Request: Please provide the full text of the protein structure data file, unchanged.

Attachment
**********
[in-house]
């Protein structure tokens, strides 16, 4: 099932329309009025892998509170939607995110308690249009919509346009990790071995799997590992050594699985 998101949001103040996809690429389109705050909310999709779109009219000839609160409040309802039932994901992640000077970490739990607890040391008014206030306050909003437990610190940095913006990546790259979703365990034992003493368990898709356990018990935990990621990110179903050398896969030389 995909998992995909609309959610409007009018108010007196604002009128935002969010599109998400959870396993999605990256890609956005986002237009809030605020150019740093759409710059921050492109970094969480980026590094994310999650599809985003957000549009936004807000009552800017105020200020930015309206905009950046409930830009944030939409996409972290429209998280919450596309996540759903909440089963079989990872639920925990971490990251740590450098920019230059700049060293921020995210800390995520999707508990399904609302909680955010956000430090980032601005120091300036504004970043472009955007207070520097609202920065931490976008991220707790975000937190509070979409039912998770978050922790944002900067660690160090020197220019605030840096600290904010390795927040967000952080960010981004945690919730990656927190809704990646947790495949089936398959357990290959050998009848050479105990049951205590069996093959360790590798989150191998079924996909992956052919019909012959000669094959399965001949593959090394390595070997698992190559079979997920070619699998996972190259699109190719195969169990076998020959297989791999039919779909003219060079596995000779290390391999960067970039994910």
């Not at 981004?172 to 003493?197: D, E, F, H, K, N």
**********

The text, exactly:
[in-house]
């Protein structure tokens, strides 16, 4: 099932329309009025892998509170939607995110308690249009919509346009990790071995799997590992050594699985 998101949001103040996809690429389109705050909310999709779109009219000839609160409040309802039932994901992640000077970490739990607890040391008014206030306050909003437990610190940095913006990546790259979703365990034992003493368990898709356990018990935990990621990110179903050398896969030389 995909998992995909609309959610409007009018108010007196604002009128935002969010599109998400959870396993999605990256890609956005986002237009809030605020150019740093759409710059921050492109970094969480980026590094994310999650599809985003957000549009936004807000009552800017105020200020930015309206905009950046409930830009944030939409996409972290429209998280919450596309996540759903909440089963079989990872639920925990971490990251740590450098920019230059700049060293921020995210800390995520999707508990399904609302909680955010956000430090980032601005120091300036504004970043472009955007207070520097609202920065931490976008991220707790975000937190509070979409039912998770978050922790944002900067660690160090020197220019605030840096600290904010390795927040967000952080960010981004945690919730990656927190809704990646947790495949089936398959357990290959050998009848050479105990049951205590069996093959360790590798989150191998079924996909992956052919019909012959000669094959399965001949593959090394390595070997698992190559079979997920070619699998996972190259699109190719195969169990076998020959297989791999039919779909003219060079596995000779290390391999960067970039994910």
């Not at 981004?172 to 003493?197: D, E, F, H, K, N």